But let’s get one thing straight here: Bolt absolutely false-started. In fact, it was the 56-game hitting streak of false starts, a clear and obvious jump that could be used to educate young track fans on what a false start looks like. As soon as the second gun went off, there was an audible gasp in the stadium. While Koreans are clearly not track-crazy, the worlds are attended in solid numbers by serious track fans from all over the globe. All of them knew that Bolt was the guy who jumped and they knew what that meant:
Because of a ridiculous rule enacted by the International Association of Athletics Federations (IAAF, the international governing body of track and field) and put into effect on Jan. 1, 2010, any athlete who false starts once is disqualified from the race. There had been previous false start rules; from 2003-2009, a first false start was charged to the field, with a second slapped on the offending runner, disqualifying him. So Bolt was gone.
He tossed off his singlet while walking back past the starting blocks. As the stadium continued to buzz, seven sprinters restarted their pre-race routine. “I really didn’t think they would kick him out,” said Dix. “They have him on every poster.” Dix also made a conscious decision to sit in the blocks. “You know if they are going to take out a big guy like that,” said Dix, “They’ll take me out next, so I’ve got to stay in those blocks.”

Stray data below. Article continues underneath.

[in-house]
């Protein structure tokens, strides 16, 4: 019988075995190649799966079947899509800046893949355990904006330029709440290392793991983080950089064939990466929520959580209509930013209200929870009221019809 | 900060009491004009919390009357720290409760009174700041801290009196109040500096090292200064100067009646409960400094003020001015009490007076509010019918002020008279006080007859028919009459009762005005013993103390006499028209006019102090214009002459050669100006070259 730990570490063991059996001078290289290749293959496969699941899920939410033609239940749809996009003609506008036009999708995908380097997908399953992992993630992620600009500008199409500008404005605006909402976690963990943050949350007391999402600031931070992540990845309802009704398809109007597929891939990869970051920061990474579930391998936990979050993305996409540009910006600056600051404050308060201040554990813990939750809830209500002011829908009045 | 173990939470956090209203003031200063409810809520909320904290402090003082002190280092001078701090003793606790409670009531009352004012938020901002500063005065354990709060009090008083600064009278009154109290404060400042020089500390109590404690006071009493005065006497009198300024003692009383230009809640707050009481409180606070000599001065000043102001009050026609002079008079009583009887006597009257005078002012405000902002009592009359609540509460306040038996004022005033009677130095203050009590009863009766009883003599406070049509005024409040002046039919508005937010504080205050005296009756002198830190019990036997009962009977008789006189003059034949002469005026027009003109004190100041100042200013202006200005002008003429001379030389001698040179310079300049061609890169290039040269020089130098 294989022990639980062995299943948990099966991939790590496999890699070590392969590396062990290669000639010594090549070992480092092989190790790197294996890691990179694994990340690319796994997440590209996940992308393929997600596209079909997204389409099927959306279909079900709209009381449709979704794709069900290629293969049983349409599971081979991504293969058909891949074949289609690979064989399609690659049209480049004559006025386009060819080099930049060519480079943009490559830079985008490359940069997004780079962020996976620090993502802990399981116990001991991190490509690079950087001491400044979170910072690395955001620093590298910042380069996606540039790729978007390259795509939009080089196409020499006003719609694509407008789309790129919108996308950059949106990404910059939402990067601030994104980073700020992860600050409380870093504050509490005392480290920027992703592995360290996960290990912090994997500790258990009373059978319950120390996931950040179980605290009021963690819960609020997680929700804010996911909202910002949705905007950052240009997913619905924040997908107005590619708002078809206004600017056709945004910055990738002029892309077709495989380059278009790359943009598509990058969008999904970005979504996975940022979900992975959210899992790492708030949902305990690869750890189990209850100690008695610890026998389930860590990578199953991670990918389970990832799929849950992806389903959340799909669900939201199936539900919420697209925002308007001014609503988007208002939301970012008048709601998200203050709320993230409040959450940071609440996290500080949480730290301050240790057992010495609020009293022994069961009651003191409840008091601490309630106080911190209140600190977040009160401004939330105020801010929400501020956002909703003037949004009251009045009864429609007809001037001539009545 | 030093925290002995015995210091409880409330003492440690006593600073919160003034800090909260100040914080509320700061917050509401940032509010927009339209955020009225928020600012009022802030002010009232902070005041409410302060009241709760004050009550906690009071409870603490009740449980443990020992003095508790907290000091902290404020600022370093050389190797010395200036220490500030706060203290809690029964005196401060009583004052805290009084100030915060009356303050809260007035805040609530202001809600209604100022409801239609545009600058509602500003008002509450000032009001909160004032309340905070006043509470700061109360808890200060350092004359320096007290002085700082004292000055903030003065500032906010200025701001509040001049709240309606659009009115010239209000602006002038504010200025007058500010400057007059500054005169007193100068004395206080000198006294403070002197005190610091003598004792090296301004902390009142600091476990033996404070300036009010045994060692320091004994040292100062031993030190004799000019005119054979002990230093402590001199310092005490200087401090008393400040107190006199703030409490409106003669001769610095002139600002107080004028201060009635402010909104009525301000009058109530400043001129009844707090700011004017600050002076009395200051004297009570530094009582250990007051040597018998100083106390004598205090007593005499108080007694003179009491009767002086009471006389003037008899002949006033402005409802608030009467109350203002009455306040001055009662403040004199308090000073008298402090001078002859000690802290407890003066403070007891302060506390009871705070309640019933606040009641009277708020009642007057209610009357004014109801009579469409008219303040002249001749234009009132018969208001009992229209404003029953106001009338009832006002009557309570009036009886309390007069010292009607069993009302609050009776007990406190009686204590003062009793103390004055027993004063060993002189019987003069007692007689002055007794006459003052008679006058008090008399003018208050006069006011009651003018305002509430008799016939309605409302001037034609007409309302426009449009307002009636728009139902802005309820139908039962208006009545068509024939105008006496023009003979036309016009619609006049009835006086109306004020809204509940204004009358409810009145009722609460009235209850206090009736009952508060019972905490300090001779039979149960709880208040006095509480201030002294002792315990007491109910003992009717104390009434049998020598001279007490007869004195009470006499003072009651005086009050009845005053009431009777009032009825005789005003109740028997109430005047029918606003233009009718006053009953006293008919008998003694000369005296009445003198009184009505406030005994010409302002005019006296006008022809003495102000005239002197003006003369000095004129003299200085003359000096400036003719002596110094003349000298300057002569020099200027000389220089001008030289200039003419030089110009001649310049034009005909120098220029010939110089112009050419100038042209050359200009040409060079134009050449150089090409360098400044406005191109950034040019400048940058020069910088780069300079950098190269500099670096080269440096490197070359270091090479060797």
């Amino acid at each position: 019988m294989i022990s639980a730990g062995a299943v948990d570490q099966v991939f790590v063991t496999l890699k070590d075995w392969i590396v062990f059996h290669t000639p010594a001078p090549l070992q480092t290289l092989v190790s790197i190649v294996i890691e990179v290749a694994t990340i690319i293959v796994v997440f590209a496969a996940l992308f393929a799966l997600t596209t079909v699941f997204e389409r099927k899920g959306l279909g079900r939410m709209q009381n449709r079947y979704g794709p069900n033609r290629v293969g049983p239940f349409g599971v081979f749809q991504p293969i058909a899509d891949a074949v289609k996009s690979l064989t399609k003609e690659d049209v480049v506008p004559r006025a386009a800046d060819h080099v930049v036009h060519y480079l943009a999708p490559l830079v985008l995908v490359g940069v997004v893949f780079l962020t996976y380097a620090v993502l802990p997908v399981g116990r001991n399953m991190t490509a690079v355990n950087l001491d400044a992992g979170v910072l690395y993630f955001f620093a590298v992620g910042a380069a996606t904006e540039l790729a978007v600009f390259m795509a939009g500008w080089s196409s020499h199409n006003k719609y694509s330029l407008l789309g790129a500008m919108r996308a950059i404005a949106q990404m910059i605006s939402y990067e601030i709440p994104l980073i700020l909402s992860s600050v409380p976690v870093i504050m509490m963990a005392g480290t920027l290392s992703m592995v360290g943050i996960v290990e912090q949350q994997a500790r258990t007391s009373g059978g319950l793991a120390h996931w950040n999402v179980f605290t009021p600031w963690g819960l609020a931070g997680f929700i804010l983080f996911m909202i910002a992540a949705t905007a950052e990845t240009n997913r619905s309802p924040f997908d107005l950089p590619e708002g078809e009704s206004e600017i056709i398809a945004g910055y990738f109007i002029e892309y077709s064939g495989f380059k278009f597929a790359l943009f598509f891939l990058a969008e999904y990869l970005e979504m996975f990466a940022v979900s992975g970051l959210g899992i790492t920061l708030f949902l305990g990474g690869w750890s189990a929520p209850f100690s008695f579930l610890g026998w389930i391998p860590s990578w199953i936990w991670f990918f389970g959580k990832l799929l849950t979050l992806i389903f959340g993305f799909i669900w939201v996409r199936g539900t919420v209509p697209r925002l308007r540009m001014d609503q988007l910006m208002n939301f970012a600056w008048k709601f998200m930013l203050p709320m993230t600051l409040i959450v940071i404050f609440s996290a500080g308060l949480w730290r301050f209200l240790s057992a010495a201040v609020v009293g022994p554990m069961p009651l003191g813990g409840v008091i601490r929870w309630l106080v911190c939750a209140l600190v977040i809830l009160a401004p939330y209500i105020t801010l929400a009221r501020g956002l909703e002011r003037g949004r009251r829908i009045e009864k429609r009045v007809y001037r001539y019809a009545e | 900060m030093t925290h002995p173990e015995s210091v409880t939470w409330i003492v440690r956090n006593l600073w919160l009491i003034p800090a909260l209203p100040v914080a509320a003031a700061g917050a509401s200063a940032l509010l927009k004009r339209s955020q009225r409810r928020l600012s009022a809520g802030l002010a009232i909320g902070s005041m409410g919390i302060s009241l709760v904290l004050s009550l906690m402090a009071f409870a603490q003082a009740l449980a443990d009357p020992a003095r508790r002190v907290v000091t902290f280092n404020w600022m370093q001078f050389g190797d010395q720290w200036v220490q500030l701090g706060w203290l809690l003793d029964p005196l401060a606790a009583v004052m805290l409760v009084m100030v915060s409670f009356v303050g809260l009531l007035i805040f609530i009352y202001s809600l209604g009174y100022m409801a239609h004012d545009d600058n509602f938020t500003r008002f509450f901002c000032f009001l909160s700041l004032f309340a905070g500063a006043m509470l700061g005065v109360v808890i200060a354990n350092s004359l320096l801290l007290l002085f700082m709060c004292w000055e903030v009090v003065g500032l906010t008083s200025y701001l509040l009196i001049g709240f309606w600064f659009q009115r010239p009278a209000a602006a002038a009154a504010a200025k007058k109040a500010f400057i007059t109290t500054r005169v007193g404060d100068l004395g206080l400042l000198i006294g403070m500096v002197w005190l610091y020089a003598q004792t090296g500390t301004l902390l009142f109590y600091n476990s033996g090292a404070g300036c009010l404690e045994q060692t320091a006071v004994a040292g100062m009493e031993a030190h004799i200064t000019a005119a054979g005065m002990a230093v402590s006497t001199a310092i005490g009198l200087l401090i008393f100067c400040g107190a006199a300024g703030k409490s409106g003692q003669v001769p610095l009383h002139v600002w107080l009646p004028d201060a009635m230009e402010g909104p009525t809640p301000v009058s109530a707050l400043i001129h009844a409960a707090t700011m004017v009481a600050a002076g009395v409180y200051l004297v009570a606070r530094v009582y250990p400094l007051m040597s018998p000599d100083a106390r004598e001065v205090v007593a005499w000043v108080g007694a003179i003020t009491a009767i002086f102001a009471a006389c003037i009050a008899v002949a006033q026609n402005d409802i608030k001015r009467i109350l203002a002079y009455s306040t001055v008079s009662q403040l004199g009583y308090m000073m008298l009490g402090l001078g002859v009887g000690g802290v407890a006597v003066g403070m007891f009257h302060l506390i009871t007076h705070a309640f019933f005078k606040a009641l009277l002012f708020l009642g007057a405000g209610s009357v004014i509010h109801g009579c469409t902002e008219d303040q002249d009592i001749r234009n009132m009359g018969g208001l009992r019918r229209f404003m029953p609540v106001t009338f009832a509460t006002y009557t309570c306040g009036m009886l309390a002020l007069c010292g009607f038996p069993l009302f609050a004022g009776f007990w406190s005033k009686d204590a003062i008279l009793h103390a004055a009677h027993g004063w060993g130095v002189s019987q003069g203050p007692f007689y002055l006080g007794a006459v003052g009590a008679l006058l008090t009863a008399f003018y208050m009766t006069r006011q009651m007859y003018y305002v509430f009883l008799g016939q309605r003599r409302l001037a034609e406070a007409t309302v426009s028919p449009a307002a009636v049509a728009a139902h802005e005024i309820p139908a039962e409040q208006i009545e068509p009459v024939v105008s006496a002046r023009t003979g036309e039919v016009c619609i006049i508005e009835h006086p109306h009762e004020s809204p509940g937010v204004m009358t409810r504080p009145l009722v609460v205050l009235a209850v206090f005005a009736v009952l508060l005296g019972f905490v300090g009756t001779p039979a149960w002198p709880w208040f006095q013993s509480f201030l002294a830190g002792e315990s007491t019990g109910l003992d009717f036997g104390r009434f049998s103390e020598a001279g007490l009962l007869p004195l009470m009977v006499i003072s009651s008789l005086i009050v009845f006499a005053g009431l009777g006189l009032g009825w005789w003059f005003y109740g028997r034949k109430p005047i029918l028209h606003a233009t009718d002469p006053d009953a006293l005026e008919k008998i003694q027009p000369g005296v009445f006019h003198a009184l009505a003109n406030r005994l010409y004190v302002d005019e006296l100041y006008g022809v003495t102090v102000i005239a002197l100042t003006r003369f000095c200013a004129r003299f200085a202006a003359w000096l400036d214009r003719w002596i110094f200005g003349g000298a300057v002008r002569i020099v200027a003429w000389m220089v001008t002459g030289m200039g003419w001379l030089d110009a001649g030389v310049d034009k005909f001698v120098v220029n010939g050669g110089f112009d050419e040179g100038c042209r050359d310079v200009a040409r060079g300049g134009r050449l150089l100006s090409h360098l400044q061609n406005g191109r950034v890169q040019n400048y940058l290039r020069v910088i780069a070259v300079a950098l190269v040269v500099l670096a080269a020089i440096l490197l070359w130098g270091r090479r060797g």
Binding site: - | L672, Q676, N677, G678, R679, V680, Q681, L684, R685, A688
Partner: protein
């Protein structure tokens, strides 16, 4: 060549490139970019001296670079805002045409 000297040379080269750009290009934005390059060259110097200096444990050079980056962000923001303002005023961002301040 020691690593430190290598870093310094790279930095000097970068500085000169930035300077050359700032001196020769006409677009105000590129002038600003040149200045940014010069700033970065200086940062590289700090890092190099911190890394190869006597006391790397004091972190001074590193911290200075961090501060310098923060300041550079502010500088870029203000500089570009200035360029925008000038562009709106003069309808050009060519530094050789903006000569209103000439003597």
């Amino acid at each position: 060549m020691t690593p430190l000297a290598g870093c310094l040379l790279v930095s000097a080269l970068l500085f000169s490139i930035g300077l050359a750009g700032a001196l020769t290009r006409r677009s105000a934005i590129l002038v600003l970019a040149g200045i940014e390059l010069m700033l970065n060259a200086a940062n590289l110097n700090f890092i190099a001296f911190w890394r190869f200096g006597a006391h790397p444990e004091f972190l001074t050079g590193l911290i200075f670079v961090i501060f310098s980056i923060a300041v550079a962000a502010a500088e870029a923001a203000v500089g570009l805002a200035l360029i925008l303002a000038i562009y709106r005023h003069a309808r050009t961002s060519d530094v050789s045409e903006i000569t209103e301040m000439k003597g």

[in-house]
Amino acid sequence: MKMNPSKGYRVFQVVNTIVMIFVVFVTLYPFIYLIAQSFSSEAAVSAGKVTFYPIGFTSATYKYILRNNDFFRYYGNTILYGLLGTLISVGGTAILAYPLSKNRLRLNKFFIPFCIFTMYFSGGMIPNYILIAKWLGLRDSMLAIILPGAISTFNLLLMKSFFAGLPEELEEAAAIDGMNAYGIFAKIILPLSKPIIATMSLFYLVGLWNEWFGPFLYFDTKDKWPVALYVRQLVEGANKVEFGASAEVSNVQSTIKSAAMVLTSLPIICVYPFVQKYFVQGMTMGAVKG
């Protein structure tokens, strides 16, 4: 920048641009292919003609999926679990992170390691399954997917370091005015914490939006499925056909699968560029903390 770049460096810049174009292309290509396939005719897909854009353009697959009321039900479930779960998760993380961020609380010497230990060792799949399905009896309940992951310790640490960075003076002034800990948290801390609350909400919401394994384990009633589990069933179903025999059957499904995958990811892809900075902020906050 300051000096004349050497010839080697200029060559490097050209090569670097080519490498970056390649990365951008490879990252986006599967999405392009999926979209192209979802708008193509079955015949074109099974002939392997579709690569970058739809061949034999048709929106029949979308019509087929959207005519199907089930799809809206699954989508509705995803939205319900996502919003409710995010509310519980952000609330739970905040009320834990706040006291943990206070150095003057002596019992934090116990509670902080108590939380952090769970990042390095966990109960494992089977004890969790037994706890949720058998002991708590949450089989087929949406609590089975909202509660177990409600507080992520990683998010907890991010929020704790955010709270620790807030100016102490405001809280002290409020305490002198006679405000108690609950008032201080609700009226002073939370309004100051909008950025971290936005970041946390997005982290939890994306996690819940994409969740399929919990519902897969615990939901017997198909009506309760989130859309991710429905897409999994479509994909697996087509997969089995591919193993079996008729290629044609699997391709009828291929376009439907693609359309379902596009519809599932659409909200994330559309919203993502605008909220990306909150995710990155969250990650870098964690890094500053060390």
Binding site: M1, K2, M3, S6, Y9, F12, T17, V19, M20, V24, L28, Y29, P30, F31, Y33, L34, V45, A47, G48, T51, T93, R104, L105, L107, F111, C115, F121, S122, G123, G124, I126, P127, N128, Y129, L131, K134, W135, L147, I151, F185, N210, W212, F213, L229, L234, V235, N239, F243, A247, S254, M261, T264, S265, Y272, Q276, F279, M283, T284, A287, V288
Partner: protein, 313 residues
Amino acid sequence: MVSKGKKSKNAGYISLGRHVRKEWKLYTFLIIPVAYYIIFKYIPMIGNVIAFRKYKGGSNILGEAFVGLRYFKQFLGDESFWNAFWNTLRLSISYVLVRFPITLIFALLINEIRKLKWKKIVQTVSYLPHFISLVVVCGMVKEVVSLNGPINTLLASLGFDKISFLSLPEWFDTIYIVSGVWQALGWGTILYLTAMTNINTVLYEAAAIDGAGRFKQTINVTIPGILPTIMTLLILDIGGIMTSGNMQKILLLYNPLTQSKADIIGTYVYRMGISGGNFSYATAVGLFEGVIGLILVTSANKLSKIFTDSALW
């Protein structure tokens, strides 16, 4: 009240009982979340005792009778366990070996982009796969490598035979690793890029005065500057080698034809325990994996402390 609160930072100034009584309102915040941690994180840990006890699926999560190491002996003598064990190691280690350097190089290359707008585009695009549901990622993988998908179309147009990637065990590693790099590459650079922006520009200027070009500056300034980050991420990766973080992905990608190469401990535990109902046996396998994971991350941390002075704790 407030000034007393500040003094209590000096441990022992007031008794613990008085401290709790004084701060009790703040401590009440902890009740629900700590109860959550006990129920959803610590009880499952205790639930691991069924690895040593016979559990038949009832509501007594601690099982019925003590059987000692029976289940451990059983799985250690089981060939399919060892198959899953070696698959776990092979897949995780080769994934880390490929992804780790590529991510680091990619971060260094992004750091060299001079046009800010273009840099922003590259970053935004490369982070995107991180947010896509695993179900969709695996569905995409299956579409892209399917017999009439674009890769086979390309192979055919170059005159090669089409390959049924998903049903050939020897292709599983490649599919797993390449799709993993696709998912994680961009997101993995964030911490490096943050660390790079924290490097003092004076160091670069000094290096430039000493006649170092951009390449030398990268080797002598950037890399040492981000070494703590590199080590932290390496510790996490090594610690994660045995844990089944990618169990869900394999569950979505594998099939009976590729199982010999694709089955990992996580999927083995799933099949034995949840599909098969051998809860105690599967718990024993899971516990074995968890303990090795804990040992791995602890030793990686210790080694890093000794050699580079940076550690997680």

Bolt was seen in stadium cameras slamming the walls behind the starting area, and then leaning against the fall. The race was definitively anticlimactic, won by promising 21-year-old Jamaican Yohan Blake in 9.92 seconds into a significant headwind. Dix got the silver in front of Collins. Good for all three of them, but they became a subplot as soon as Bolt jumped.
When the race was finished, Bolt left the stadium through a long tunnel to the adjacent warmup track. He declined to answer questions. He was met by his longtime coach, Glen Mills, who briefly embraced Bolt and then ordered him to run four 50-meter cool-down sprints, which he dutifully did, cruising alone on the blue track as if he had raced. He then took a brief rubdown from a Jamaican team masseuse before falling into a folding chair while Vilma Charlton, 64, a three-time Jamaican Olympian and now an official with country’s federation, rubbed his shoulders.
Mills had been sitting nearby through all of it. “He’s only human,” said Mills, who is as old-school, seen-it-all as Bolt is cutting edge. Asked what time Bolt was ready to run, Mills asked what the wind had been, thought about it for a few seconds and then said, “I think he would have run in the sixties,” meaning nine-point-sixty-something (which only two men in history – Bolt and Gay – have done, and nobody, ever, into a headwind). Bolt had started sensationally in each of his first two 100s here, and when he starts well, he’s unbeatable by other humans. “They were good starts,” said Mills, breaking in a laugh. “But they were at the wrong time.”
(Of course, starting well leaves a sprinter flirting with jumping the gun. It’s remarkable that Bolt does not false start often, because in big races, he clearly attacks the start).